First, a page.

This isn't surprising. As my Foolish colleague Evan Niu writes, the new Galaxy Nexus isn't a game-changer because it contains features we've become accustomed to. Dumb phones hardly exist anymore. And even the most moronic of the dummies is smart when compared with handsets of yesteryear. My daughter's basic T-Mobile prepaid handset plays games and allows for limited texting.

For investors, this shift makes it tougher to decide which handset makers to bet on. What to do? Try well-positioned component makers instead. Our analysts have identified three such companies in a new report, "3 Hidden Winners of the iPhone, iPad and Android Revolution." Get instant access to the report and all of our research by clicking here -- it's free.

Fool contributor Tim Beyers is a member of the Motley Fool Rule Breakers stock-picking team. He owned shares of Apple and Google at the time of publication. Check out Tim's portfolio holdings and Foolish writings, or connect with him on Google+ or Twitter, where he goes by @milehighfool. You can also get his insights delivered directly to your RSS reader.

The Motley Fool owns shares of Apple and Google. Motley Fool newsletter services have recommended buying shares of Google and Apple. Motley Fool newsletter services have recommended creating a bull call spread position in Apple. Try any of our Foolish newsletter services free for 30 days. We Fools may not all hold the same opinions, but we all believe that considering a diverse range of insights makes us better investors. The Motley Fool has a disclosure policy.


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Help us keep this a respectfully Foolish area! This is a place for our readers to discuss, debate, and learn more about the Foolish investing topic you read about above. Help us keep it clean and safe. If you believe a comment is abusive or otherwise violates our Fool's Rules, please report it via the Report this Comment Report this Comment icon found on every comment.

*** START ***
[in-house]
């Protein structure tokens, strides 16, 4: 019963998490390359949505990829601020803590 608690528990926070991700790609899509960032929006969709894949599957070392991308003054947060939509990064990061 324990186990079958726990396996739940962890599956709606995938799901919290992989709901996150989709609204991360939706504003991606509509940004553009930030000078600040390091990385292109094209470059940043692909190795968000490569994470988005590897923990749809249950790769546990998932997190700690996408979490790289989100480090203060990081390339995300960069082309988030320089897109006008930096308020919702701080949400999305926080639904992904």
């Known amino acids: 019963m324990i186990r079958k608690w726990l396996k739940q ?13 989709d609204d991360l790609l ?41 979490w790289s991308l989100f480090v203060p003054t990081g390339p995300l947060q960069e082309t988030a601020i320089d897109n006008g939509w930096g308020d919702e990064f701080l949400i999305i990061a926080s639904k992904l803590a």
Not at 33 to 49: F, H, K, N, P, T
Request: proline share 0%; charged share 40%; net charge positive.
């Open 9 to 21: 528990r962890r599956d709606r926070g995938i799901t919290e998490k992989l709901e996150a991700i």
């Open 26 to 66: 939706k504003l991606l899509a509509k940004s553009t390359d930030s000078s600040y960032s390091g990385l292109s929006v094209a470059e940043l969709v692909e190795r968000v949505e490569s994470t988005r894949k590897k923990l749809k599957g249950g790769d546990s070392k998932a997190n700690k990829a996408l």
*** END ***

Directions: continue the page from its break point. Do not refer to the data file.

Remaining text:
• Report this Comment On December 16, 2011, at 3:13 AM, TMFOpie wrote:

    Insightful as always, Tim, and I use my iPhone for everything except making my breakfast (it can order it though). I'm writing this comment on it. But I still get annoyed when I forget my watch at home. I find pulling my phone out to check the time a PITA. Then again I'm probably the same guy who hates resetting his cruise control after tapping the breaks. :-)

    Cheers,

    Andy

  • Report this Comment On December 16, 2011, at 8:19 AM, BedfordNH wrote:

    So ... I'm not sure I see a conclusion here ...

    Is Nokia poised to make a rebound because they are re-entering the American market -- and the untapped parts of India, China, etc -- with more "entry-level" or affordable handsets? Or AAPL needs to be careful that it doesn't get trampled by a newcomer like MSFT was by AAPL? Or both? I have been arguing that AAPL is plateauing.

  • Report this Comment On December 17, 2011, at 10:27 AM, swansont wrote:

    Price drops and feature expansion are exactly like what has happened in the computing industry all these years, and "smart" phones are no more than portable computers that can make phone calls. So, no surprise there. So this is death of the terminology, not of the phones.

    Focusing on Apple's (or anyone else's) "brand cachet" would be a mistake, as would focusing on any single attribute of a product. Some people will buy because brand and status. Some will buy because of price and for some price is not an issue. Some will buy because of app availability. Some will buy because of the OS and how well it works.